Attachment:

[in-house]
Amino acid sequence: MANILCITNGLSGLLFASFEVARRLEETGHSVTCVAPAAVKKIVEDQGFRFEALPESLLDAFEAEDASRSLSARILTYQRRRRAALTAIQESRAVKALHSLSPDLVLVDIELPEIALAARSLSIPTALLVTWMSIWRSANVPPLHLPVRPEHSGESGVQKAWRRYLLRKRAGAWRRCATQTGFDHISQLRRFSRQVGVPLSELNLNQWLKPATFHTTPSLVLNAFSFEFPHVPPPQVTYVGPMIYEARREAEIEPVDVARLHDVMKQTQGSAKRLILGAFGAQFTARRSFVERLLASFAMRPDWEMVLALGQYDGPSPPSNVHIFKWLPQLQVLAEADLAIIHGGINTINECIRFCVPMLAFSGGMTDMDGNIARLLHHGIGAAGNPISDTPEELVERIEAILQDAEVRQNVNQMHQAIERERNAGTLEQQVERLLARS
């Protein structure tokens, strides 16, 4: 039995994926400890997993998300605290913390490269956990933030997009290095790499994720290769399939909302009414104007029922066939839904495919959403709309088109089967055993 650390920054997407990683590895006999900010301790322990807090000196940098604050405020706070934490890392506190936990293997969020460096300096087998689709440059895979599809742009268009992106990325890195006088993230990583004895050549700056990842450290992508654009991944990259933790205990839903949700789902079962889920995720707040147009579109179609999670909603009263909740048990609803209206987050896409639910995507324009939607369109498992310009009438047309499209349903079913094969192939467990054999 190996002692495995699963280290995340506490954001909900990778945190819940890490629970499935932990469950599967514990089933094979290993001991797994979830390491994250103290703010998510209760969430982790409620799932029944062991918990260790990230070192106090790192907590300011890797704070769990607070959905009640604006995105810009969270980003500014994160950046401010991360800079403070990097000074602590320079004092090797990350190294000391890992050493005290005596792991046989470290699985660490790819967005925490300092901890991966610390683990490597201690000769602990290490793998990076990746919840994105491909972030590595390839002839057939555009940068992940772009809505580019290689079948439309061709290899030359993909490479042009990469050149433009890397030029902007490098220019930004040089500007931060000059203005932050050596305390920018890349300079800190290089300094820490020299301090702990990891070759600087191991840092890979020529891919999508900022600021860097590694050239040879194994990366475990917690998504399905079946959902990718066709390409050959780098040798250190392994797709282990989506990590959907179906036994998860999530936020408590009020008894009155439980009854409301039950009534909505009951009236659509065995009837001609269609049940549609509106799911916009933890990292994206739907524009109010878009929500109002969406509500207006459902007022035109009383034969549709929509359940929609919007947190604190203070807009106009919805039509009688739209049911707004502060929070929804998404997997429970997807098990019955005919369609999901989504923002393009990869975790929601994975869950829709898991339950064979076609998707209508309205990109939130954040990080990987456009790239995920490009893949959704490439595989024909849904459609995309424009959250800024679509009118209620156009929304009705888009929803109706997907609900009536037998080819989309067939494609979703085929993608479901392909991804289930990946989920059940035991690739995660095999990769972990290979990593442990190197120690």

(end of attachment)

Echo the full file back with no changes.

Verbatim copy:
[in-house]
Amino acid sequence: MANILCITNGLSGLLFASFEVARRLEETGHSVTCVAPAAVKKIVEDQGFRFEALPESLLDAFEAEDASRSLSARILTYQRRRRAALTAIQESRAVKALHSLSPDLVLVDIELPEIALAARSLSIPTALLVTWMSIWRSANVPPLHLPVRPEHSGESGVQKAWRRYLLRKRAGAWRRCATQTGFDHISQLRRFSRQVGVPLSELNLNQWLKPATFHTTPSLVLNAFSFEFPHVPPPQVTYVGPMIYEARREAEIEPVDVARLHDVMKQTQGSAKRLILGAFGAQFTARRSFVERLLASFAMRPDWEMVLALGQYDGPSPPSNVHIFKWLPQLQVLAEADLAIIHGGINTINECIRFCVPMLAFSGGMTDMDGNIARLLHHGIGAAGNPISDTPEELVERIEAILQDAEVRQNVNQMHQAIERERNAGTLEQQVERLLARS
């Protein structure tokens, strides 16, 4: 039995994926400890997993998300605290913390490269956990933030997009290095790499994720290769399939909302009414104007029922066939839904495919959403709309088109089967055993 650390920054997407990683590895006999900010301790322990807090000196940098604050405020706070934490890392506190936990293997969020460096300096087998689709440059895979599809742009268009992106990325890195006088993230990583004895050549700056990842450290992508654009991944990259933790205990839903949700789902079962889920995720707040147009579109179609999670909603009263909740048990609803209206987050896409639910995507324009939607369109498992310009009438047309499209349903079913094969192939467990054999 190996002692495995699963280290995340506490954001909900990778945190819940890490629970499935932990469950599967514990089933094979290993001991797994979830390491994250103290703010998510209760969430982790409620799932029944062991918990260790990230070192106090790192907590300011890797704070769990607070959905009640604006995105810009969270980003500014994160950046401010991360800079403070990097000074602590320079004092090797990350190294000391890992050493005290005596792991046989470290699985660490790819967005925490300092901890991966610390683990490597201690000769602990290490793998990076990746919840994105491909972030590595390839002839057939555009940068992940772009809505580019290689079948439309061709290899030359993909490479042009990469050149433009890397030029902007490098220019930004040089500007931060000059203005932050050596305390920018890349300079800190290089300094820490020299301090702990990891070759600087191991840092890979020529891919999508900022600021860097590694050239040879194994990366475990917690998504399905079946959902990718066709390409050959780098040798250190392994797709282990989506990590959907179906036994998860999530936020408590009020008894009155439980009854409301039950009534909505009951009236659509065995009837001609269609049940549609509106799911916009933890990292994206739907524009109010878009929500109002969406509500207006459902007022035109009383034969549709929509359940929609919007947190604190203070807009106009919805039509009688739209049911707004502060929070929804998404997997429970997807098990019955005919369609999901989504923002393009990869975790929601994975869950829709898991339950064979076609998707209508309205990109939130954040990080990987456009790239995920490009893949959704490439595989024909849904459609995309424009959250800024679509009118209620156009929304009705888009929803109706997907609900009536037998080819989309067939494609979703085929993608479901392909991804289930990946989920059940035991690739995660095999990769972990290979990593442990190197120690």